"Feigned madness" is a phrase used in popular culture to describe the assumption of a mental disorder for the purposes of evasion, deceit or the diversion of suspicion. In some cases, feigned madness may be a strategy—in the case of court jesters, an institutionalised one—by which a person acquires a privilege to violate taboos on speaking unpleasant, socially unacceptable, or dangerous truths.
Lucius Junius Brutus, who feigned stupidity, causing the Tarquins to underestimate him as a threat until the time when he was able to drive the Roman people to insurrection.
Alhazen, who was ordered by the sixth Fatimid Caliph, al-Hakim, to regulate the flooding of the Nile; he later perceived the insanity and futility of what he was attempting to do and, fearing for his life, feigned madness to avoid the Caliph's wrath. The Caliph, believing him to be insane, placed him under house arrest rather than execute him for failure. Alhazen remained there until the Caliph's death, thereby escaping punishment for his failure to accomplish a task that had been impossible from the beginning.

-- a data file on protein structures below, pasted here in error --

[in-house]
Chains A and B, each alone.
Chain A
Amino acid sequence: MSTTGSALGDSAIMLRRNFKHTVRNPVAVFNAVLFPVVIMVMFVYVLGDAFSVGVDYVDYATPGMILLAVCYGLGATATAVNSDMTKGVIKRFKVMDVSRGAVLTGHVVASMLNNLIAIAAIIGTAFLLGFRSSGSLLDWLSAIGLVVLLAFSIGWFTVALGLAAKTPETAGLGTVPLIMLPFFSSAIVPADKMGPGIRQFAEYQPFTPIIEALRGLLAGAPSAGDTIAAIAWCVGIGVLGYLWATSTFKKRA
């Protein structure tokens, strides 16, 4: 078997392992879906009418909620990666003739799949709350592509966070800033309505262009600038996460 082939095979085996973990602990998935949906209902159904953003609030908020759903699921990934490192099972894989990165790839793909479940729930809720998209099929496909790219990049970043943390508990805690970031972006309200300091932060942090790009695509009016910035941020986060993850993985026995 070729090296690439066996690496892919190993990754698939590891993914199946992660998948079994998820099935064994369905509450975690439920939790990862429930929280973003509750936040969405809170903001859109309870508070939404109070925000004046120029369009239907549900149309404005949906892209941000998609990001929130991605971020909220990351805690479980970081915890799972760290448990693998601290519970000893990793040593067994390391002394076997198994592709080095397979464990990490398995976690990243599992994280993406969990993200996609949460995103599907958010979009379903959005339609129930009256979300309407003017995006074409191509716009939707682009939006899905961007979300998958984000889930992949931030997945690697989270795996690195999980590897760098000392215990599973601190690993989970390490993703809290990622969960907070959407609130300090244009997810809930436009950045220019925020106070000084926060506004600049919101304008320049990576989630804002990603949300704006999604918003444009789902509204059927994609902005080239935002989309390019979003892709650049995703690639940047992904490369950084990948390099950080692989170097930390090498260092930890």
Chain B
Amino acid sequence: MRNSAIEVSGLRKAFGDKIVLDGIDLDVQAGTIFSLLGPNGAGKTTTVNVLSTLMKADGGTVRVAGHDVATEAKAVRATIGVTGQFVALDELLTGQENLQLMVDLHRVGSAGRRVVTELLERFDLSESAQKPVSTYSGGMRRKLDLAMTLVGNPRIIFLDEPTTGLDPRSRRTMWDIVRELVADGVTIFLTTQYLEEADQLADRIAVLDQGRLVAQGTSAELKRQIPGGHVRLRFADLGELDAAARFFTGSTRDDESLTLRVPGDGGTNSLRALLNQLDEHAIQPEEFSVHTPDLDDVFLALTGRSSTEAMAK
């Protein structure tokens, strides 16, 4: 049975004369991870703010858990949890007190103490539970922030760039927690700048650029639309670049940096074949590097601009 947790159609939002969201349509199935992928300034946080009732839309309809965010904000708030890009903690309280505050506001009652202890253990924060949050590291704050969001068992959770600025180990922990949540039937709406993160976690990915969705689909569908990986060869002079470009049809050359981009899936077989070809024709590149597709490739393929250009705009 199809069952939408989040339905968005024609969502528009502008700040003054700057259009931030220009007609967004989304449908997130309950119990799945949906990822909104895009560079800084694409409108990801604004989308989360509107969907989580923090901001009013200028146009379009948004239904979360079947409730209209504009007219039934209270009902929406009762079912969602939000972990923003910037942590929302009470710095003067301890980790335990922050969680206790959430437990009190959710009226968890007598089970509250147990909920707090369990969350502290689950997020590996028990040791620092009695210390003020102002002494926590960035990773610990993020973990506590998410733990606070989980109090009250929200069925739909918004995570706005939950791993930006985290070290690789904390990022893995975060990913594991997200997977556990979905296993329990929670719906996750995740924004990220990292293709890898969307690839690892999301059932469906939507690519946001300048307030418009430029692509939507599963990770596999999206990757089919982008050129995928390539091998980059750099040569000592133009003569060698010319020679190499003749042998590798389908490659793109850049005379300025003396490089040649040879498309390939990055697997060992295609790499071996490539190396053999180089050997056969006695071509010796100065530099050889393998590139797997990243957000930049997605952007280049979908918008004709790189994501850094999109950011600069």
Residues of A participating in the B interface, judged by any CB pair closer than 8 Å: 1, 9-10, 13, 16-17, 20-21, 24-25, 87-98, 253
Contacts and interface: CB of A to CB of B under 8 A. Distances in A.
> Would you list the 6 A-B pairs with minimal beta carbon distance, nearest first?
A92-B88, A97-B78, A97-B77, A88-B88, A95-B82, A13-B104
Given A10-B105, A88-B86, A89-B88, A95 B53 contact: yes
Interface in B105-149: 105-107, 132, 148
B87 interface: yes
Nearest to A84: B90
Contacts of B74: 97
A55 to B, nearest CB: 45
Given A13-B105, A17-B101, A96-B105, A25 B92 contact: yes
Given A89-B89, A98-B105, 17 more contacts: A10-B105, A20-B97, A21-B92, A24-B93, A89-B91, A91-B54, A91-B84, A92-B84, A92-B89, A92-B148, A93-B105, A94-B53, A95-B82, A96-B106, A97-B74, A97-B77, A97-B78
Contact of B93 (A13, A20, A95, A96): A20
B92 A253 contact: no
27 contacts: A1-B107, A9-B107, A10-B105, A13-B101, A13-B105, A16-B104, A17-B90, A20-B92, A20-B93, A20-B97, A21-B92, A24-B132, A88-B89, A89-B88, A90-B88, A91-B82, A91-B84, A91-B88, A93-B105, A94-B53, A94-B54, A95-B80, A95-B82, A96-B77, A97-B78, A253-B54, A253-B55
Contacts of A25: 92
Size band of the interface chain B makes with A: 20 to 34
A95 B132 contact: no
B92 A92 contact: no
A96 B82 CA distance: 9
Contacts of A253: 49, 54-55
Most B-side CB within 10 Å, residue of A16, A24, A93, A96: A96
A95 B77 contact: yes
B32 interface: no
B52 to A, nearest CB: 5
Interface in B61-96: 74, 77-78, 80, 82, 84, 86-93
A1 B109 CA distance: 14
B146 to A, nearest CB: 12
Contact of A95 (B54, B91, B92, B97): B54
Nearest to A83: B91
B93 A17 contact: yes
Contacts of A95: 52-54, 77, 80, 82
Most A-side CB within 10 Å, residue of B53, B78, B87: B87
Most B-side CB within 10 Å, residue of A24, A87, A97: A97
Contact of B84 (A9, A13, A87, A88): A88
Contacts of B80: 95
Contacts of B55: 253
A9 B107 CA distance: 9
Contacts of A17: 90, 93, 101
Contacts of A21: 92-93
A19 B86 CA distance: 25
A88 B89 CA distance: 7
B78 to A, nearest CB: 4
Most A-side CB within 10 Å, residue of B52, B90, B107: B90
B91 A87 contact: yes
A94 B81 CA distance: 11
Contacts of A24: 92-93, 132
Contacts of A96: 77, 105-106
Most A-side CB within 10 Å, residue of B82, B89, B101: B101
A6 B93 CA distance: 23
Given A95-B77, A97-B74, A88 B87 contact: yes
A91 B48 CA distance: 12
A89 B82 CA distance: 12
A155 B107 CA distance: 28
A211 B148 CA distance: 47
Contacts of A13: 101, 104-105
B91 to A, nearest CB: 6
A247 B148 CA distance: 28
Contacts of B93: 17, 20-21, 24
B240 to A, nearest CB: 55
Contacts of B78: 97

In 1340, when the French fleet was destroyed at the Battle of Sluys by the English, none of Phillippe VI's courtiers dared to tell him the news. It therefore fell to his jester, in his role as the "fool", to tell him that the English sailors "[didn't] even have the guts to jump into the water like our brave French".
Ion Ferguson, an Irish psychiatrist in the British Army in a WWII German prisoner-of-war camp, successfully feigned madness to get himself repatriated. He also assisted two other prisoners in doing the same.